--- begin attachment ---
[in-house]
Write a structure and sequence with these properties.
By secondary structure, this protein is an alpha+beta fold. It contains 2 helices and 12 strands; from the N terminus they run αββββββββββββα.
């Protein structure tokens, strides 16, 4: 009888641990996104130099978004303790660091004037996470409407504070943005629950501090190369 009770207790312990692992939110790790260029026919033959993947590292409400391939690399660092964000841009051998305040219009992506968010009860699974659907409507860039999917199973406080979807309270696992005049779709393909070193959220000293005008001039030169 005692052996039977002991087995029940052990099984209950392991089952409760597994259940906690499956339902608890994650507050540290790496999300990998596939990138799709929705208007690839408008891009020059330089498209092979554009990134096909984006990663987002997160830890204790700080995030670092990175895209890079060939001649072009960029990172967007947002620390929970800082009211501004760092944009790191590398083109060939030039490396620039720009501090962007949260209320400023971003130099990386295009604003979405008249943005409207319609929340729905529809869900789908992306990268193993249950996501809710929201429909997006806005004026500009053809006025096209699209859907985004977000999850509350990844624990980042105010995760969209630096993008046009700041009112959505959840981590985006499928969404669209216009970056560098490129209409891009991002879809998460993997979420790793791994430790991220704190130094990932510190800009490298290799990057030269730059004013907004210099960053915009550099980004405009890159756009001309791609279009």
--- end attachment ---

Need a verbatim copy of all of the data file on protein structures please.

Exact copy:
[in-house]
Write a structure and sequence with these properties.
By secondary structure, this protein is an alpha+beta fold. It contains 2 helices and 12 strands; from the N terminus they run αββββββββββββα.
């Protein structure tokens, strides 16, 4: 009888641990996104130099978004303790660091004037996470409407504070943005629950501090190369 009770207790312990692992939110790790260029026919033959993947590292409400391939690399660092964000841009051998305040219009992506968010009860699974659907409507860039999917199973406080979807309270696992005049779709393909070193959220000293005008001039030169 005692052996039977002991087995029940052990099984209950392991089952409760597994259940906690499956339902608890994650507050540290790496999300990998596939990138799709929705208007690839408008891009020059330089498209092979554009990134096909984006990663987002997160830890204790700080995030670092990175895209890079060939001649072009960029990172967007947002620390929970800082009211501004760092944009790191590398083109060939030039490396620039720009501090962007949260209320400023971003130099990386295009604003979405008249943005409207319609929340729905529809869900789908992306990268193993249950996501809710929201429909997006806005004026500009053809006025096209699209859907985004977000999850509350990844624990980042105010995760969209630096993008046009700041009112959505959840981590985006499928969404669209216009970056560098490129209409891009991002879809998460993997979420790793791994430790991220704190130094990932510190800009490298290799990057030269730059004013907004210099960053915009550099980004405009890159756009001309791609279009």